Spring Baby Boom at Taronga

Spring Baby Boom at Taronga

Spring’s arrival at Taronga has started early with new

babies popping out across the Zoo.

Taronga’s primate keepers have been busy with the

arrival of another endangered bright orange, Francois Leaf Monkey, the second

to be born this year.

The male infant, named ‘Tam Dao’ after a National

Park located in Vietnam north of Hanoi,

was born to mother, ‘Meili’ and father ‘Hanoi’ and found cradled in its

mother’s arms in the early morning of Saturday 20 August by Zoo keepers who had

been monitoring the pregnancy.

Meili arrived from Beijing last year to help create

the natural harem social structure of this monkey species. She is a very

experienced mother, having had offspring previously, but not at Taronga, and

also helped share the mothering of ‘Kei-co’ a young male born to the other

female in Taronga’s group, ‘Saigon’, earlier this year.The birth is extremely encouraging as few as 1000

François Leaf Monkeys exist in the wild and Taronga is the only Zoo in Australasia

to care for this highly endangered Asian monkey. The new arrival, the

energetic, ‘Kei-co’ and the adults are best seen in their tropical Asian

rainforest exhibit around 11:30am and 2:30pm.Spring

is busy for the Zoo’s Wildlife Hospital too and keepers are flat out being

surrogate mothers to orphaned native wildlife in need of extra attention. Taronga’s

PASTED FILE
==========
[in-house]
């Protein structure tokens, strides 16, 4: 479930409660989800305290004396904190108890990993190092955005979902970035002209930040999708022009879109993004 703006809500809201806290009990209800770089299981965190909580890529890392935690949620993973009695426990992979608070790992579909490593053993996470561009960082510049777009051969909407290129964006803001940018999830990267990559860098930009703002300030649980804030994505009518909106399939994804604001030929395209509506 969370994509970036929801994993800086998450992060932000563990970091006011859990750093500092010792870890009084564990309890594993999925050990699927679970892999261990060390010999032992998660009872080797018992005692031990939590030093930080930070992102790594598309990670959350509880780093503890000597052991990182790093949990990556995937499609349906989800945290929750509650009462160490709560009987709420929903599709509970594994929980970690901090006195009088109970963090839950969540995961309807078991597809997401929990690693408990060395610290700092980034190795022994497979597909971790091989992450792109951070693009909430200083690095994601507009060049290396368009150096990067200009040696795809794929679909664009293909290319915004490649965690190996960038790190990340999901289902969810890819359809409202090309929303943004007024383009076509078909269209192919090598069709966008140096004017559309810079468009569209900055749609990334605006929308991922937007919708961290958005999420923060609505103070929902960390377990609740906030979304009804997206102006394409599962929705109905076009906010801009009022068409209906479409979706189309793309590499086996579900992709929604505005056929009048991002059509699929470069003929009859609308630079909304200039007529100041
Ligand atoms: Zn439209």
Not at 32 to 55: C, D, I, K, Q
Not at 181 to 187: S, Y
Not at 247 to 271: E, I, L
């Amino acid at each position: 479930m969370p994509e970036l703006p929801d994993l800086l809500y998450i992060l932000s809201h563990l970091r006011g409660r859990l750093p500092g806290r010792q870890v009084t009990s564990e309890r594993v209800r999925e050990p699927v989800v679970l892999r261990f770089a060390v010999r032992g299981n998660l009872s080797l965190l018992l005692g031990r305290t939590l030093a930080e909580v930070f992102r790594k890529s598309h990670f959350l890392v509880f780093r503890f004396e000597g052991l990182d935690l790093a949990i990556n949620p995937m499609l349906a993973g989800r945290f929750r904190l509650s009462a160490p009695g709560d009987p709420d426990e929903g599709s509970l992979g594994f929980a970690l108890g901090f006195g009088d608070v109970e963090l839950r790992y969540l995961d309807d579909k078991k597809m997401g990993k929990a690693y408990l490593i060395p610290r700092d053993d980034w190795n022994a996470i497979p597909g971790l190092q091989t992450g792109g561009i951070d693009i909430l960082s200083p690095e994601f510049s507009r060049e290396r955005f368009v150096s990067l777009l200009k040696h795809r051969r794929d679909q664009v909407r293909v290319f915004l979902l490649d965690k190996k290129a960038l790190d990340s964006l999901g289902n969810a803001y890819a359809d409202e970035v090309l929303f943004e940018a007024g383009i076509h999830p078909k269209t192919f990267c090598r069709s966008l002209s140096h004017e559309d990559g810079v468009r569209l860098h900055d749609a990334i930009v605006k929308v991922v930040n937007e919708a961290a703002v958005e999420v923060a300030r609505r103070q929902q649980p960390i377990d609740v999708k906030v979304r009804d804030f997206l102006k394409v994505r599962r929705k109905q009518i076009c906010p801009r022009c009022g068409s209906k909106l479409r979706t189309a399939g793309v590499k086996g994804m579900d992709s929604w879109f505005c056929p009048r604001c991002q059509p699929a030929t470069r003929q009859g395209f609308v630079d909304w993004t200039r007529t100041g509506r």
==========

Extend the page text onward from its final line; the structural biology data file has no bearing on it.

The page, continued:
keepers’ outstanding skills have enabled them to save the lives of many tiny

animals through intensive hand-raising.Keeper, Megan, is raising a young seven-month old female Red Kangaroo joey which arrived at the Zoo’s Wildlife Hospital too young

to survive without its mother. Megan has stepped in to fill the void, bottle feeding

the joey special marsupial milk formula every four hours. She carries the joey in

a little backpack, which people often stare at in amazement as it wriggles as Megan

goes about her daily work. The female joey will remain in Megan’s dedicated

care for at least another four months, meaning many more sleepless nights and

as Megan describes ‘bags the size of shipping containers under my eyes’.A mob of little possums are also being raised by

carers including ‘Swiss’ and ‘Miss’, two female Ring-tail Possums which were

bought to the Zoo’s Wildlife Hospital after being discovered in their dead

mother’s pouch. Weighing less than 60 grams, the possums are cared for 24 hours

a day by keeper, Bobby-Jo and little ‘Swiss’ sports the world’s tiniest splint

after sustaining a fracture to her wrist during the car impact which killed her

mother. Taronga’s koalas have also welcomed new life this

Spring. The Zoo’s Australian Fauna keepers were delighted to find a total of

seven little joeys this breeding season. Some of the young, which are born the

size of a grain of rice, are still tucked away in their mother’s pouches, but ‘Maggie’,

‘Wanda’ and ‘Freya’ are proudly showing off their infants which are snuggled up

close to them.

The Zoo has also bred a Glossy Black-cockatoo chick,

the first for seven years at Taronga. The youngster was hatched by first time

mother, Gloucester. Zoo visitors will be able to glimpse Gloucester and her

chick exploring the Zoo’s dense Bush Bird Aviary opposite the Koala Walkabout.